Operation Storm anniversary at time of strained relations

The 21st anniversary of the start of Croatia's military-police Operation Storm comes at a time of extremely strained relations between Serbia and Croatia.

Source: B92
Refugees are seen in August 1995 (Tanjug)
Refugees are seen in August 1995 (Tanjug)

Operation Storm, that started this day in 1995, resulted in the expulsion of more than 200,000 ethnic Serbs from Croatia.

The anniversary will be marked in Belgrade in the predominantly refugee settlement of Busije near Zemun. Prime Minister-designate Aleksandar Vucic, President of the Serb Republic (RS) Milorad Dodik and "the girl from the refugee column," Jelena Saric, will address the gathering.

In addition, within the central state event marking August 5 - Day of Remembrance of the Suffering and Persecution of Serbs - Serbian Orthodox Church head Patriarch Irinej will lead a memorial service dedicated to all the victims, the Serbian government has announced.

On Friday in Valjevo, a town in western Serbia, sirens will sound at noon in honor of the victims.

The anniversary of Operation Storm comes as a time of extremely strained relations between Serbia and Croatian. The harsh rhetoric and harsh words are coming from all sides.

Serbian officials are pointing out to the rise of fascism and Ustashism in Croatia, with the rehabilitation of Alojzije Stepinac, the overturning of the war crimes verdict against Branimir Glavas, as well as the unveiling of a monument dedicated to Ustasha terrorist Miro Berisic all causing problems in relations.

With this context in mind, PM-designate Vucic recently sent a letter to EU officials, asking that they react to "the anti-Serb campaign."

In Croatia, officials are saying that Serbia "should turn to the future," while the new leader of the HDZ party Andrej Plenkovic on Wednesday said that Croatia as a member of NATO and the EU and would not be "lectured" by Serbia.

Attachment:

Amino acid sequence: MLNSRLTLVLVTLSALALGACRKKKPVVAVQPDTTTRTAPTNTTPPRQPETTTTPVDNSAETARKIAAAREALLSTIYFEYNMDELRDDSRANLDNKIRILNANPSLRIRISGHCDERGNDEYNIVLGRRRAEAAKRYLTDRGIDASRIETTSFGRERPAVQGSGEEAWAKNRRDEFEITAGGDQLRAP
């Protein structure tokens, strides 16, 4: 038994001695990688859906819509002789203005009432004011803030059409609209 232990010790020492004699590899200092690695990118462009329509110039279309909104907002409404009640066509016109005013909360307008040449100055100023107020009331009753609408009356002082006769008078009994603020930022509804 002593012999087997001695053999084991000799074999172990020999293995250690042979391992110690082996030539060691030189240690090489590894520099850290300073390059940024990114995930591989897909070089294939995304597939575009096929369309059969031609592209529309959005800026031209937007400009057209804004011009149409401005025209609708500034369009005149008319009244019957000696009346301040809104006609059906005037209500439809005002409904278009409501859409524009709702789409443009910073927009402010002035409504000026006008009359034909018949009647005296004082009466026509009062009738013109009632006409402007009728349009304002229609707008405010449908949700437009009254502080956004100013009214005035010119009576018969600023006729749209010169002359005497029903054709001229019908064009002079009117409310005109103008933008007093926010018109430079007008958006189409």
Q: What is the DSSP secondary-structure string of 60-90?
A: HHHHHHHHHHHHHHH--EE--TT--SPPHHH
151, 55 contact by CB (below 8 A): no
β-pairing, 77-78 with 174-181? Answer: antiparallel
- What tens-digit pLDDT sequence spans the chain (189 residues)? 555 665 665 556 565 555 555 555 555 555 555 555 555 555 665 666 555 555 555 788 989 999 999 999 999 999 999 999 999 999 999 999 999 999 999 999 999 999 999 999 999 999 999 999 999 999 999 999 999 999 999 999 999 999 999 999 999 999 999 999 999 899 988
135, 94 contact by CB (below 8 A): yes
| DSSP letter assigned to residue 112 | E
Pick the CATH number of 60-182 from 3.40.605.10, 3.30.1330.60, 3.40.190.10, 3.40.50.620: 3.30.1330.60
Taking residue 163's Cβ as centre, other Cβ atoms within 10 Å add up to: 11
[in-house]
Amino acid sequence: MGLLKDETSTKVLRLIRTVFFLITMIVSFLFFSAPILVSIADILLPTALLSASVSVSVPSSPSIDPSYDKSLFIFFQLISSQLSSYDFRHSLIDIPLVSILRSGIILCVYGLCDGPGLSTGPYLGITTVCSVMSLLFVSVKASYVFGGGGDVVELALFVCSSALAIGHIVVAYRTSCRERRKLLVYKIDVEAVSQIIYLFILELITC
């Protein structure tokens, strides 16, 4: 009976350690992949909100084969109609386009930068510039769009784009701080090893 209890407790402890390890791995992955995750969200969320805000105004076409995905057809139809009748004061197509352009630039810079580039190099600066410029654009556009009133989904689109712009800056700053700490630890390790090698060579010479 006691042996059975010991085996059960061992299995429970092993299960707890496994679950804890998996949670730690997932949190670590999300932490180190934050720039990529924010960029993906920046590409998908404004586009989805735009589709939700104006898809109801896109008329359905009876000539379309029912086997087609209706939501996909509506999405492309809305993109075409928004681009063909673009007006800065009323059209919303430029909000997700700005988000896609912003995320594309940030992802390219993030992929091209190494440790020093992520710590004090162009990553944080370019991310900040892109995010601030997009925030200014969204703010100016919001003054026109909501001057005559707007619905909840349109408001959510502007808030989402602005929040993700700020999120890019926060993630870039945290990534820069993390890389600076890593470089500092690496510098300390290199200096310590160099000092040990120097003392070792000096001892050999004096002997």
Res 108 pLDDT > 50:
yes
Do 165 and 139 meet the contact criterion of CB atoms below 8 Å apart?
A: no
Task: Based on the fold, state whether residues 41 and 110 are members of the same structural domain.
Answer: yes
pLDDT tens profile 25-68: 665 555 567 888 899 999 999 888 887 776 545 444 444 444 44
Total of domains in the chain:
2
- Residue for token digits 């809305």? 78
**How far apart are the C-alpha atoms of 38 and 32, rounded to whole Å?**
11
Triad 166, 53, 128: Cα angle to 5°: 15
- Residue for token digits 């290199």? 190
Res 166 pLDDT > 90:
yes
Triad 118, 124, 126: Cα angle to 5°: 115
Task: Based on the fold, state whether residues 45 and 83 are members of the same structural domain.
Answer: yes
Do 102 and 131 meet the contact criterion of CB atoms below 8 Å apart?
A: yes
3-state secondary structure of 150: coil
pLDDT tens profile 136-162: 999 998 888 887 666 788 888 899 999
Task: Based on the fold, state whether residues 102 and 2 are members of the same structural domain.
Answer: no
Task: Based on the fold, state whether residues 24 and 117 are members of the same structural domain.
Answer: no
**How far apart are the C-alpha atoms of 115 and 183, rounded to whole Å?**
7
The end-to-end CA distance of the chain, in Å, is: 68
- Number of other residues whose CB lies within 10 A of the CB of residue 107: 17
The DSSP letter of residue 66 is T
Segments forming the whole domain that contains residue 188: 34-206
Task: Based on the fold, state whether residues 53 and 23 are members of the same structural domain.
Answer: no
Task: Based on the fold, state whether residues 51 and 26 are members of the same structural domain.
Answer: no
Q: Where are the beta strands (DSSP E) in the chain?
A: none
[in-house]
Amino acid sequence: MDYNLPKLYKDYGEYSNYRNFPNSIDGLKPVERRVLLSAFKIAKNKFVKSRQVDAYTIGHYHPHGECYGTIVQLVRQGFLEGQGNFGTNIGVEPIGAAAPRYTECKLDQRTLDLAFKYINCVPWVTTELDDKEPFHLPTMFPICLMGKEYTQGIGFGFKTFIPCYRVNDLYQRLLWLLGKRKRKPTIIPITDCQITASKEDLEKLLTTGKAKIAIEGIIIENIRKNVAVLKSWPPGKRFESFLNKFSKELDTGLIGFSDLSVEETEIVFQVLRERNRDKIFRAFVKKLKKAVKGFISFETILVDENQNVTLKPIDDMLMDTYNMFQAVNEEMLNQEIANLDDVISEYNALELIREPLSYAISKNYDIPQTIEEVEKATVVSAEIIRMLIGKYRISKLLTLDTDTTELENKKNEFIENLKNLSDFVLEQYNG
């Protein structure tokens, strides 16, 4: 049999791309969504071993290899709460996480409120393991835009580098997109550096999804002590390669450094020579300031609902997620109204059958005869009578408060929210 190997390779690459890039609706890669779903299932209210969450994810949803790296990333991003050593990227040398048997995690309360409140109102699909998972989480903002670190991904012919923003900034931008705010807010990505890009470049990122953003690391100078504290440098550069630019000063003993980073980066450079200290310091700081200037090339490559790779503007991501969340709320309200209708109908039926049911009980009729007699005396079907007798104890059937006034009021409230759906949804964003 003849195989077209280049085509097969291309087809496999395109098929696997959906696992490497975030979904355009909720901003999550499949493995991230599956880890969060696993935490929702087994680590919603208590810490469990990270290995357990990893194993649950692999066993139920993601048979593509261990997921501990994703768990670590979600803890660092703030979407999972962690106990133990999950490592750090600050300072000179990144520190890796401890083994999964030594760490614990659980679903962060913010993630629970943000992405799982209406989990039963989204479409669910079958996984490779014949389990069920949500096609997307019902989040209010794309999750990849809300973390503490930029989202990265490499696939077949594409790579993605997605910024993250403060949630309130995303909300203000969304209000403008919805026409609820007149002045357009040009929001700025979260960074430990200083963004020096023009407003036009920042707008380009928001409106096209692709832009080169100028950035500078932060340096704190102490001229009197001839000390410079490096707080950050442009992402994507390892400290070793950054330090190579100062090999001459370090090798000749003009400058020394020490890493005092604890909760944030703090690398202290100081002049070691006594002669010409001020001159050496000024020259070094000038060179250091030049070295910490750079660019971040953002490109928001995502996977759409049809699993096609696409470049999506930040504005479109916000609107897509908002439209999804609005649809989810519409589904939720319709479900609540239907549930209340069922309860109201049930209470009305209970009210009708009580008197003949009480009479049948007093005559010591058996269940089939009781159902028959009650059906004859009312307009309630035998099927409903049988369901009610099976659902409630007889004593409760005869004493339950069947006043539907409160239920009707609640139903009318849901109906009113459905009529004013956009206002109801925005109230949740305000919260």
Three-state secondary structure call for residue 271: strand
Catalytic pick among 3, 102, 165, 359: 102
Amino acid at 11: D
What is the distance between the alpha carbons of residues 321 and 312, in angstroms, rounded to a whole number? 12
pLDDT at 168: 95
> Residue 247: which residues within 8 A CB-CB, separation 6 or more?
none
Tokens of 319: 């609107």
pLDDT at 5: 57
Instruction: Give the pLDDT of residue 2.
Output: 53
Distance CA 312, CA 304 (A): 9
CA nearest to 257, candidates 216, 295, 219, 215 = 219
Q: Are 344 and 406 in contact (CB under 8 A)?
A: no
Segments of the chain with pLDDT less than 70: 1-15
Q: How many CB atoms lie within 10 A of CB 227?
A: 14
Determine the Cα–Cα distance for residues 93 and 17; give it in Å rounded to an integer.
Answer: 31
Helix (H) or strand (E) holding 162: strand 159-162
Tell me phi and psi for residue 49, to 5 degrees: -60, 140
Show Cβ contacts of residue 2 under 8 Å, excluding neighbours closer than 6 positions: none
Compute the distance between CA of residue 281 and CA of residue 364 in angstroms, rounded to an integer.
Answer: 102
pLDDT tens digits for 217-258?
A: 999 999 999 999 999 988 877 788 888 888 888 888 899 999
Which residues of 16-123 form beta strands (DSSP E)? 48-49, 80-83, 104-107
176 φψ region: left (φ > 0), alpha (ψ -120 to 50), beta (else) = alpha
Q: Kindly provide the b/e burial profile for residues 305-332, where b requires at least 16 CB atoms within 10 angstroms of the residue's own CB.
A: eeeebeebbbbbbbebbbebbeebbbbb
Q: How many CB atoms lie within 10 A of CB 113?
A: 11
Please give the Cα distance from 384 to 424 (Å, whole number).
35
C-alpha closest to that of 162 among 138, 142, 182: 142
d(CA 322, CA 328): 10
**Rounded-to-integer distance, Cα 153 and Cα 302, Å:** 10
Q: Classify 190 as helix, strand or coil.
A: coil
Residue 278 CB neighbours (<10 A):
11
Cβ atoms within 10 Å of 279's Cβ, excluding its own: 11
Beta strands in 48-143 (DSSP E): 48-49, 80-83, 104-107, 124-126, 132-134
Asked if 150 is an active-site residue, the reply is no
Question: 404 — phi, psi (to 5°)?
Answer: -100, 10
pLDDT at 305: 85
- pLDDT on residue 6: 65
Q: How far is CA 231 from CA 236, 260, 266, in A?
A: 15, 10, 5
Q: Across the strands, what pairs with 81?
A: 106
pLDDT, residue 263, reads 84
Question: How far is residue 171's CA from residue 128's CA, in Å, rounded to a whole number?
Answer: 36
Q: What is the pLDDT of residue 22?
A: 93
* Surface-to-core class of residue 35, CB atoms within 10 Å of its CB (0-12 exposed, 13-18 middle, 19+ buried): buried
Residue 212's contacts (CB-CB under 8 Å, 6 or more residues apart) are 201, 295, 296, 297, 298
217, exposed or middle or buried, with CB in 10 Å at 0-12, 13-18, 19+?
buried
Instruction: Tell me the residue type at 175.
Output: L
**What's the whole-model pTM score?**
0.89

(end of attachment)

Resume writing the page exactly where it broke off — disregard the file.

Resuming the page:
In Croatia, August 5 has for years been marked as Day of Victory and Homeland Thanksgiving for Operation Storm. Last year, a joint session of the governments of the Republic of Serbia and the Serb Republic (RS) declared August 5 a day of mourning both in Serbia and in the Serb entity in Bosnia-Herzegovina.

The Youth Initiative from Croatia recently launched an online petition aimed at offering an apology to Serbs because of Operation Storm. The Initiative's representative, Joco Glavas, admitted that the response has been "disgraceful" - with only 300 people signing it.

The Documentation and Information Center Veritas said that its records contain the names of 1,856 dead and missing Serbs during and after the campaign, of which the fate 1,019 has been determined so far. 837 people are still listed as missing, of which 613 civilians, including 308 women, according to a statement.

Veritas specified that 1,206 victims (65 percent) were civilians, of which about three-quarters older than 60 years. Among them were of 546 (29 percent) women, of which about four-fifths were older than 60 years.

About 130,000 members of the Croatian Army took part in Operation Storm, supported by NATO, as well as units of the Croatian Defense Council (HVO) and the Army of Bosnia-Herzegovina (ABiH). They entered the capital of the former Republic of Serb Krajina (RSK) Knin on August 5, 1995 .

The attack on the area came despite the fact it was under UN protection, while representatives of the former RSK in Geneva and in Belgrade rejected a proposal of the international community about a peaceful resolution, the so-called Plan Z-4.

Weak resistance was offered by the approximately 40,000 members of the RSK Army and about 10,000 people from the armed formation of Fikret Abdic's former Autonomous Province of Western Bosnia.

Operation Mistral, that followed Operation Storm, saw Croatian army in conjunction with the 5th Corps of the ABiH kill 655 and expel some 125,000 Serbs from the territory of 13 municipalities in Bosnia-Herzegovina.

A first instance judgment passed by the Hague Tribunal in April 2011 determined that Operation Storm was a joint criminal enterprise led by then Croatian President Franjo Tudjman, and that its purpose was the forcible and permanent removal of the Serb population, and the settling of Croats in that area.

The tribunal then reached e second-instance verdict in November 2012 and acquitted those it had put on trial - Ante Gotovina and another former Croatian general, Mladen Markac.

They were found not guilty of the persecution of the Serb population from the Knin Krajina in 1995. In the first-instance verdict Gotovina was sentenced to 24 years, and Markac to 18 years in prison.

The Hague Appeals Chamber acquitted the defendants on all counts, although the crimes specified in the first instance ruling had not been negated.

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